At the risk of stating the obvious, this was naturally always going to be Amy's week. The inevitable surge in sales prompted by the sad death of Amy Winehouse last weekend meant it was really a question of how, not if, her limited back catalogue would dominate the story of the chart this week.
Although downloads of her most famous singles were swift and numerous (a subject we'll come onto shortly), it was the prospect of her two albums to date surging back up the charts that was the most intriguing. Part of the problem at the start of the week was that there simply wasn't enough stock to go around with both Frank and Back To Black merely back catalogue items which were generally pressed to order as and when required. Well they were required this week for sure, and with shelves having emptied in many stores by midday on Monday it was not until Thursday that brand new physical stocks of Amy Winehouse CDs could take pride of place on tribute displays. People who were slow off the mark at the start of the week had to resort to digital copies for themselves instead. Hence a rather surprisingly muted midweek figure for the two albums finally translates into a fitting send off for the tragic star. Her most famous work Back To Black (first released in November 2006) surges to Number One for the fourth time in its chart life, climbing to the top of the charts for the first time since March 2008.
That last week at Number One was actually achieved by the extended Special Edition of the album which her label at the time requested had its own chart run separate from the original version, and indeed this request was still in place when the midweek figures were announced, leading to speculation that Amy would end up with multiple Top 10 placings for the same album. In the event Island records requested that sales of the two versions be combined, which almost certainly has led to Back To Black getting the boost it needed to overtake Adele at Number One.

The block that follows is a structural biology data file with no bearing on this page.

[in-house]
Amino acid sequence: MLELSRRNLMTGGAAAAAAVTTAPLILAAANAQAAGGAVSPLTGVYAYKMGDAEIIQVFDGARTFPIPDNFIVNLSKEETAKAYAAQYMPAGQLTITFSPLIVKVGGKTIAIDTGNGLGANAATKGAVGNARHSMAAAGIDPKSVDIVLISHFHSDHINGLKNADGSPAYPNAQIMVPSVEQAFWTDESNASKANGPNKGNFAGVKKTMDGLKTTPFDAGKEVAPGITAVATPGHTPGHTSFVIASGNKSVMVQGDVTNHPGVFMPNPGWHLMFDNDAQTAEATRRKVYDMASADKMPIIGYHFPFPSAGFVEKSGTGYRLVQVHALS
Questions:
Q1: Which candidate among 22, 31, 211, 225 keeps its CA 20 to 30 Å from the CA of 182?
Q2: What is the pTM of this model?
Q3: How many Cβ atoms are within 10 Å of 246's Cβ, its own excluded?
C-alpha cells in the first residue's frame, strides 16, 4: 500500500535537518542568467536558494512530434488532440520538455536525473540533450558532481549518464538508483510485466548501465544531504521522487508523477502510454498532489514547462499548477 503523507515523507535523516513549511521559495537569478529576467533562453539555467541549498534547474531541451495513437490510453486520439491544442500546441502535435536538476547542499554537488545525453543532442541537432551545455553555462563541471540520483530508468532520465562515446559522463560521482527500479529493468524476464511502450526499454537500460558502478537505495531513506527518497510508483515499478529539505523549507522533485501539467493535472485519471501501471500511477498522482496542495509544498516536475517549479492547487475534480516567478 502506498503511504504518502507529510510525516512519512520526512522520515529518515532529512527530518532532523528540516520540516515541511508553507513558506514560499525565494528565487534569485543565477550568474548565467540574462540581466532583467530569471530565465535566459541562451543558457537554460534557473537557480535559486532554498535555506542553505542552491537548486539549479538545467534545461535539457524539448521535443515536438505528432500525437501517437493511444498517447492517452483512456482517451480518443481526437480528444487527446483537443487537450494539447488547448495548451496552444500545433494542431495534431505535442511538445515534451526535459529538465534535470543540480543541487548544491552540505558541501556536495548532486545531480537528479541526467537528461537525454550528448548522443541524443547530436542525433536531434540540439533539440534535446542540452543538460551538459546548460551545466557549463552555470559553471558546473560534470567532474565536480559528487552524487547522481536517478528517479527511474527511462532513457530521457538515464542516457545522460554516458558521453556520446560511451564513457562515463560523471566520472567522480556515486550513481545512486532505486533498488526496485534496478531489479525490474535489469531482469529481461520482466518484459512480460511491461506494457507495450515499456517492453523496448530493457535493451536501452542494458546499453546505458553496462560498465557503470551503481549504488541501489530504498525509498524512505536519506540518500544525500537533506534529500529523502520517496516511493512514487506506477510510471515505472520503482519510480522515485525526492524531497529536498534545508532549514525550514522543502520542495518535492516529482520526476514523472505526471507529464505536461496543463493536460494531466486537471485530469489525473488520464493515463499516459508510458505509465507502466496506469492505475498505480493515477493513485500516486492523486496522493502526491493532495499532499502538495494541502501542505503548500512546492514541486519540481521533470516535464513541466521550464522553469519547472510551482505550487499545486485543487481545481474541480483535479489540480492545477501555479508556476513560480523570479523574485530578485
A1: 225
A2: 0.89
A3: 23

Not that Amy Winehouse albums haven't done something extraordinary anyway. Her debut album Frank (first released in November 2003) charts for the first time in two and a half years and reaches Number 5 this week, far and away its highest chart position ever - beating the Number 13 peak it reached in February 2004. Both albums had been available for some time in a special double pack edition - also prominently stocked towards the end of the week. By necessity this repackaging qualifies for its own chart placing - and so despite only making two records in her lifetime Amy Winehouse occupies three places in the Top 10 with Frank/Back To Black charting at Number 10 in its own right. In a sense this duplicates the feat the lady herself managed in Christmas week 2007 when both versions of Back To Black sat side by side in the Top 10 of the album chart.
The last artist to occupy three slots in the Top 10 in a similar manner was Prince, who in September 1993 had The Hits 1 at Number 5, The Hits 2 at Number 6 but also had the combined and extended The Hits/The B-Sides outselling both at Number 4.